Total super balance
What is the total superannuation balance?
This commenced from 1 July 2017, the 'total superannuation balance' is a way to value a members super benefit on a given date.
In determining a members total superannuation balance is relevant for their eligibility for the following:
- unused concessional contributions cap carry-forward - from 1 July 2019 if a member's total super balance is less than $500,000 at the end of 30 of the previous financial year they are able to increase their concessional contributions cap.
- non-concessional contributions cap and the bring forward arrangement - from 1 July 2017 if on 30 June of the previous financial year the total super balance is below $1.6 million a member may be eligible for a non-concessional contributions cap above zero. A member may also be eligible to bring forward their non-concessional contributions cap of two or three times the annual non-concessional cap depending on their total super balance.
- government co-contributions - a member may be eligible if they do not exceed their non-concessional contributions cap for the relevant year and their total super balance is less than general transfer balance cap ($1.6 m) that financial year.
- the tax offset for spouse contributions - the spouse receiving the contributions cannot contribute more than their annual non-concessional contributions cap for the relevant year and the spouse must have a total super balance less than the general transfer balance cap ($1.6m) immediately before the start of the financial year in which the contributions was made.
The total superannuation balance is also relevant to SMSFs and complying superannuation funds with fewer than five members (small APRA funds) for determining their eligibility to use the segregated asset method to determine their exempt current pension income (ECPI) - SMSFs and small APRA funds will not be able use the segregated assets for an income year if:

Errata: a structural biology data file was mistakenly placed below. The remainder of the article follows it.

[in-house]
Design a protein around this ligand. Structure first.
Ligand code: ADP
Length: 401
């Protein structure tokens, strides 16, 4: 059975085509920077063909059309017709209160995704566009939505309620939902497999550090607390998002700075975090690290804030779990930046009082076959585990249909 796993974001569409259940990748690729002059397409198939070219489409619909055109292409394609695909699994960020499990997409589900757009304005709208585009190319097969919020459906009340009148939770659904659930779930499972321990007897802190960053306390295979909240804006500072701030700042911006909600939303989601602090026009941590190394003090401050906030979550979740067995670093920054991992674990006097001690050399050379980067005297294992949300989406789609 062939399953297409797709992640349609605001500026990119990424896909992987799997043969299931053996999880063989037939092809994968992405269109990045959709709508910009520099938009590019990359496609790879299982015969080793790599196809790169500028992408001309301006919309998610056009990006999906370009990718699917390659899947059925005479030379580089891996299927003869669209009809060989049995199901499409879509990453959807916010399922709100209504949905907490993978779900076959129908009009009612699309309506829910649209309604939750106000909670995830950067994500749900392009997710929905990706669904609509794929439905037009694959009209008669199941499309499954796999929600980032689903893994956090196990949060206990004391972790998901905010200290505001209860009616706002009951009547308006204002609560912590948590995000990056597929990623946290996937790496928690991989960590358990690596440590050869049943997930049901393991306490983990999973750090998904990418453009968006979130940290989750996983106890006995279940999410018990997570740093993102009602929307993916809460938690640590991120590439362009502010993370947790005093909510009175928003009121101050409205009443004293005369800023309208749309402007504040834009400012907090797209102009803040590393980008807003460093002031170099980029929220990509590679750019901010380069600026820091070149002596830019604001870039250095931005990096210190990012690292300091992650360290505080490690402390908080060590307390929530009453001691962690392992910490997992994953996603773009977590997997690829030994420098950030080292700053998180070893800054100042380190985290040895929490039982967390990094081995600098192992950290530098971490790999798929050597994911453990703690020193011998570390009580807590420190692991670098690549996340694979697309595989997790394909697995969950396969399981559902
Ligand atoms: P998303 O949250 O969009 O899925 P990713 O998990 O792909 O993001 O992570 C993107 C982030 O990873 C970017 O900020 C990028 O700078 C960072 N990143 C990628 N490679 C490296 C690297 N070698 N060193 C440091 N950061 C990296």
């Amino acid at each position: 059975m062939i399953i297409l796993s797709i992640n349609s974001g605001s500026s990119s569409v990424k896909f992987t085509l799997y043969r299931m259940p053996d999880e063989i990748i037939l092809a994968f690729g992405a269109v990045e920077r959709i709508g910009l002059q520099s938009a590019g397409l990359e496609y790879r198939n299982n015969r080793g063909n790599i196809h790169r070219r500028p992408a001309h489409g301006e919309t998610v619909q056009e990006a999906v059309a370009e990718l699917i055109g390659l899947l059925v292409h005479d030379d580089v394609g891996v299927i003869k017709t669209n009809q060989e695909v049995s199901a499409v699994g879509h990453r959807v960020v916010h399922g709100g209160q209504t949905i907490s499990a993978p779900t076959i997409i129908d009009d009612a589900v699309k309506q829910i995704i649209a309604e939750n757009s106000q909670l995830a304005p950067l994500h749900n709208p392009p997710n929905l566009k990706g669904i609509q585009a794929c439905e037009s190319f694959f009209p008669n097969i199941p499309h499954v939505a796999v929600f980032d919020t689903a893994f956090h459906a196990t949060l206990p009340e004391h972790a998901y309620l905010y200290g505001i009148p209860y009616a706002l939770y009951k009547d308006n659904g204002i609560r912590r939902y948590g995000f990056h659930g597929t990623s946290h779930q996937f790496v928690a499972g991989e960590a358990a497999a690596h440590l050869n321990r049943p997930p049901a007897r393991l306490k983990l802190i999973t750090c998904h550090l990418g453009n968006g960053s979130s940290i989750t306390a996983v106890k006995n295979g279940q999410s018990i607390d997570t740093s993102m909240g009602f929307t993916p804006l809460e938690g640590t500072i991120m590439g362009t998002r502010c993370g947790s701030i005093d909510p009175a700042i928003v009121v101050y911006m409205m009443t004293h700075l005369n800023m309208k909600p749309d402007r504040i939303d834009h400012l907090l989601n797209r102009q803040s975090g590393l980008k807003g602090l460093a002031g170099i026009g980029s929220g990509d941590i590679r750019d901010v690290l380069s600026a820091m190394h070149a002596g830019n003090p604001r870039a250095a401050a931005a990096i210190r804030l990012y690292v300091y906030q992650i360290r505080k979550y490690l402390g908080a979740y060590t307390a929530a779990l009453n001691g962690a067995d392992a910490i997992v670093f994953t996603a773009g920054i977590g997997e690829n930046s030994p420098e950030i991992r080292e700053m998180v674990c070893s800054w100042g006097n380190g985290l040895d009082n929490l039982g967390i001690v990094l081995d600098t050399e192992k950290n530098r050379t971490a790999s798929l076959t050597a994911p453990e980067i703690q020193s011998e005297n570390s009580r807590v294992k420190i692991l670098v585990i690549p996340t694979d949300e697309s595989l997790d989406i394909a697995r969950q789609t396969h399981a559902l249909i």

- at a time during the income year there is at least one superannuation interest in the fund that is in retirement phase
- just before the start of the income year a member of the fund has a total superannuation balance that exceeds $1.6 million and they are a retirement phase recipient of a superannuation income stream. The member's total superannuation balance includes the member's superannuation interests in all funds. The superannuation income stream does not have to be from their SMSF/small APRA fund as it can be from another superannuation income stream provider, and
- at a time during the income year this member has a superannuation interest (in accumulation or in retirement phase) in the fund.
The following example is an extract from the ATO website:
|Example: Total super balance
Andy is 50 years old and earned $35,000 in 2018-19 and 2019-20.
Andy's employer made employer (before-tax) contributions to Andy's super fund of $3,500 per year.
Andy also made $10,000 in non-concessional (after-tax) contributions to super each financial year.
Andy received a structured settlement payment in June 2015 of $1,000,000 due to an accident at work Andy advised both funds and made a non-concessional contribution of $500,000 to each fund.
Andy has two accumulation super accounts with two different super funds. They have a balance of $700,000 each on 30 June 2020.
Andy does not have a transfer balance account.
On 30 June 2020 Andy's total super balance is $400,000: [$1,400,000 (total accumulation accounts) − $0 (transfer balance account) − $0 (rollovers) − $1,000,000 (structured settlement)].
On 30 June 2020, Andy's total super balance is $400,000, being:
Andy is under 65 and his total super balance at the end of 30 June 2020 is less than $500,000. Therefore he:
This technical resource is intended for the use of financial advisers only. It is current as at the date of publication but may be subject to change. This publication has been prepared without taking into account a potential investor's objectives, financial situation, needs or objectives. Before making a recommendation based on this material, you should consider its appropriateness based on the client's objectives, financial situation and needs. Rainmaker Group is not a registered tax agent under the Tax Agent Services Act 2009. Your client should refer to a registered tax agent before relying on information published herein that may impact their tax obligations, liabilities or entitlements.
Last modified: Thursday, September 24, 2020